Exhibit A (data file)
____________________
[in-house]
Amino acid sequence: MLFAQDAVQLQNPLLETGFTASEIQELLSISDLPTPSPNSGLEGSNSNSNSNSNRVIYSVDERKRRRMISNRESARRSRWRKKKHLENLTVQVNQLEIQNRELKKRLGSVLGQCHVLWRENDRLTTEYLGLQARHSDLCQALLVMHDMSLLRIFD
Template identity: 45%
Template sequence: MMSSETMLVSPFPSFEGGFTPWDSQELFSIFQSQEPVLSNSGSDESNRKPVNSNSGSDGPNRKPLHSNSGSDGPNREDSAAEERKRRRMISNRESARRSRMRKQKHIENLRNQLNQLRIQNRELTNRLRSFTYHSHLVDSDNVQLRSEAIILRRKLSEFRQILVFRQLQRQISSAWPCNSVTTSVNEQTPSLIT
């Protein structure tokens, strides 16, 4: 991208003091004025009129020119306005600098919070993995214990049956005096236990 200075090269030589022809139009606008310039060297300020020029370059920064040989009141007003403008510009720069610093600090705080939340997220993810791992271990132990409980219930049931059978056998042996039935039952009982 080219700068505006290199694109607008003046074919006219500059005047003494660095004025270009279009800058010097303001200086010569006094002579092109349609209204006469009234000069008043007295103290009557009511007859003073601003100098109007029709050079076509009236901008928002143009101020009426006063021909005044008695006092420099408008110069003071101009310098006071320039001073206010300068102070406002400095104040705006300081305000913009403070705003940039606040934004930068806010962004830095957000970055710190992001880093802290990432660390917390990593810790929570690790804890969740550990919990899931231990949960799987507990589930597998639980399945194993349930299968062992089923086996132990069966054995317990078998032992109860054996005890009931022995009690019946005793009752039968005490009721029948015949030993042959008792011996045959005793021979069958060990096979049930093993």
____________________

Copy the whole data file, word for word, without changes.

[in-house]
Amino acid sequence: MLFAQDAVQLQNPLLETGFTASEIQELLSISDLPTPSPNSGLEGSNSNSNSNSNRVIYSVDERKRRRMISNRESARRSRWRKKKHLENLTVQVNQLEIQNRELKKRLGSVLGQCHVLWRENDRLTTEYLGLQARHSDLCQALLVMHDMSLLRIFD
Template identity: 45%
Template sequence: MMSSETMLVSPFPSFEGGFTPWDSQELFSIFQSQEPVLSNSGSDESNRKPVNSNSGSDGPNRKPLHSNSGSDGPNREDSAAEERKRRRMISNRESARRSRMRKQKHIENLRNQLNQLRIQNRELTNRLRSFTYHSHLVDSDNVQLRSEAIILRRKLSEFRQILVFRQLQRQISSAWPCNSVTTSVNEQTPSLIT
């Protein structure tokens, strides 16, 4: 991208003091004025009129020119306005600098919070993995214990049956005096236990 200075090269030589022809139009606008310039060297300020020029370059920064040989009141007003403008510009720069610093600090705080939340997220993810791992271990132990409980219930049931059978056998042996039935039952009982 080219700068505006290199694109607008003046074919006219500059005047003494660095004025270009279009800058010097303001200086010569006094002579092109349609209204006469009234000069008043007295103290009557009511007859003073601003100098109007029709050079076509009236901008928002143009101020009426006063021909005044008695006092420099408008110069003071101009310098006071320039001073206010300068102070406002400095104040705006300081305000913009403070705003940039606040934004930068806010962004830095957000970055710190992001880093802290990432660390917390990593810790929570690790804890969740550990919990899931231990949960799987507990589930597998639980399945194993349930299968062992089923086996132990069966054995317990078998032992109860054996005890009931022995009690019946005793009752039968005490009721029948015949030993042959008792011996045959005793021979069958060990096979049930093993």